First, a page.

> From: Reeve
> WebSphere may be IBM's Grand Design but the learning curve is steep,

You haven't had the right teacher.  I teach RPG programmers how to build
web apps in an hour and a half.  I teach architectures in a week.  The
amount of Java required to write a web application is roughly equivalent
to the amount of CL required to build an ERP application.

> it requires lots of power,

That depends.  Java runs better on a 270 than a 170, and better on an i5
than an iSeries.  The JVM needs dedicated memory; 512MB is pretty much
the minimum.  So an underpowered iSeries isn't going to like running

If you're absolutely up against the wall on hardware, you can put a
Linux box on the side of your machine for about $1000.  Of course, that
means you need to know how to run Linux and if you're complaining about
learning a couple hundred lines of Java then you'd probably have a
seizure learning Linux.

> and I have yet to see a clear, concise
> statement of WebSphere's current benefits

WebSphere provides browser-based access to business logic written in
RPG.  There's your current benefits.  Browser-based access to allow you
to move into the future (not to mention eliminating the interactive
tax), while at the same time 95% or more of your code is written in RPG,
leveraging your current skill set.  And you can sit at that combination
of components until you retire.  BUT, if you're so inclined, you can
also move ahead into more and more Java, taking advantage of existing
libraries that let you do graphics and PDFs and email and whatever else
you might want to do.  But you don't have to.

> Many of us don't have the
> resources,  inclination, or background to struggle with the WebSphere
> infrastructure.  Any moderately competent RPG programmer can learn a
> little HTML (or find some high school kind to do it) and put together
> a decent business application in a couple of days.

Any competent RPG programmer can learn enough Java to write a web
application.  Hell, you can buy my WDSC book and have it walk you
through an entire application from the ground up.  If you can't do this,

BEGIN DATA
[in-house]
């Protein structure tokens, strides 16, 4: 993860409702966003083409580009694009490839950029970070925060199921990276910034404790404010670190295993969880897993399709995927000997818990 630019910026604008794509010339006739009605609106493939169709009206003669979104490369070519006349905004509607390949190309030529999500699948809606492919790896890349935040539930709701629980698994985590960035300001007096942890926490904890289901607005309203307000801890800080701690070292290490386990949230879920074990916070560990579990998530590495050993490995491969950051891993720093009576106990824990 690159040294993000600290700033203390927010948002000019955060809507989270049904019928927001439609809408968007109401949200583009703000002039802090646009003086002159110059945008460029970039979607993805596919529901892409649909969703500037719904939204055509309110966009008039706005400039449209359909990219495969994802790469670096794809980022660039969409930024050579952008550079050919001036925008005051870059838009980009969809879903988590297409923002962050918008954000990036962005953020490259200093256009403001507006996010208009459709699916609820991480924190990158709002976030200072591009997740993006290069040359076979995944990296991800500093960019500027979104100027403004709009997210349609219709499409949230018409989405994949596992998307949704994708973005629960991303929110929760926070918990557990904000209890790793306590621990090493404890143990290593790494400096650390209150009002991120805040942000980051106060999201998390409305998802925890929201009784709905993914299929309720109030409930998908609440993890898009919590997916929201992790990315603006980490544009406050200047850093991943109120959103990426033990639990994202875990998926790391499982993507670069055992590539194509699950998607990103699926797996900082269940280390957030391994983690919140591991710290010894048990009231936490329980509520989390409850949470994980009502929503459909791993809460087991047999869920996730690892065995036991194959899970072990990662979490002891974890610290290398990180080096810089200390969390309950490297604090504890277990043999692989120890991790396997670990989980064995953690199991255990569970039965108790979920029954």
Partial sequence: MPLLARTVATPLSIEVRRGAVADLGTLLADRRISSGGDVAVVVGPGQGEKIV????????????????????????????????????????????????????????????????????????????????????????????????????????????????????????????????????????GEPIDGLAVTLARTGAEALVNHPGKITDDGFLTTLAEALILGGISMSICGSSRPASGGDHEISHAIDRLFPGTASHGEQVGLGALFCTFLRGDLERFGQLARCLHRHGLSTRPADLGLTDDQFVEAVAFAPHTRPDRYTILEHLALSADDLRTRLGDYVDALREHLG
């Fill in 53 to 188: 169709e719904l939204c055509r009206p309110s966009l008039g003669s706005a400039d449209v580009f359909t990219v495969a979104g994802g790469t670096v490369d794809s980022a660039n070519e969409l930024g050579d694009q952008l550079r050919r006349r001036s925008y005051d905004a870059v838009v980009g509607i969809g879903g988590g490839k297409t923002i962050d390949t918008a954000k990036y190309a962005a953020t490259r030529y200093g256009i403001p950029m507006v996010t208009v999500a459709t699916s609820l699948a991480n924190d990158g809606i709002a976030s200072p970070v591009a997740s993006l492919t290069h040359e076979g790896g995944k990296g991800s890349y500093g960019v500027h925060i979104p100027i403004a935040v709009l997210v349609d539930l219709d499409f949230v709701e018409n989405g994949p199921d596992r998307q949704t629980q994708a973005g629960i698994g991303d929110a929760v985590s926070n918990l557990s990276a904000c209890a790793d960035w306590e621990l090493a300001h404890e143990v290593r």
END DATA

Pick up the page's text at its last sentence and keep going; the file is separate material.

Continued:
it's not the language's fault.

> I suggest the following: formal support for CGIDEV2, additional
> functionality for CGIDEV2, getting VisualAge RPG up to V5R3,
> application development tools tailored to support the strengths of
> i5/OS, a utility to create workable HTML from DDS (use the Webfacing
> engine), and a Red Book with lots of practical (meaning "not written
> by lab folks") examples designed to illustrate principles, concepts,
> and approaches (two examples of useful topics: how to redesign/rewite
> a multi-format inquiry screen program to work in the Web enviroment
> and how to redesign/rewrite a program to manage a persistent
> connection for an update program, this one bring very important).

JavaServer Pages are the DDS for HTML.  If you've ever been at one of my
sessions, you'll hear me explain it.  A display file is a bunch of
literals on a page with holes in it for the data, while a JavaServer
Page is a bunch of HTML on a page with holes in it for the data.  You
fill a buffer and write it to a display file, you fill a bean and send
it to a JSP.

Like I say, buy my WDSC book and you will be walked through an entire
application.  Then, if you still don't think you can put together your
own architecture, hire me for a few days and I'll personally walk you
through the entire thing.


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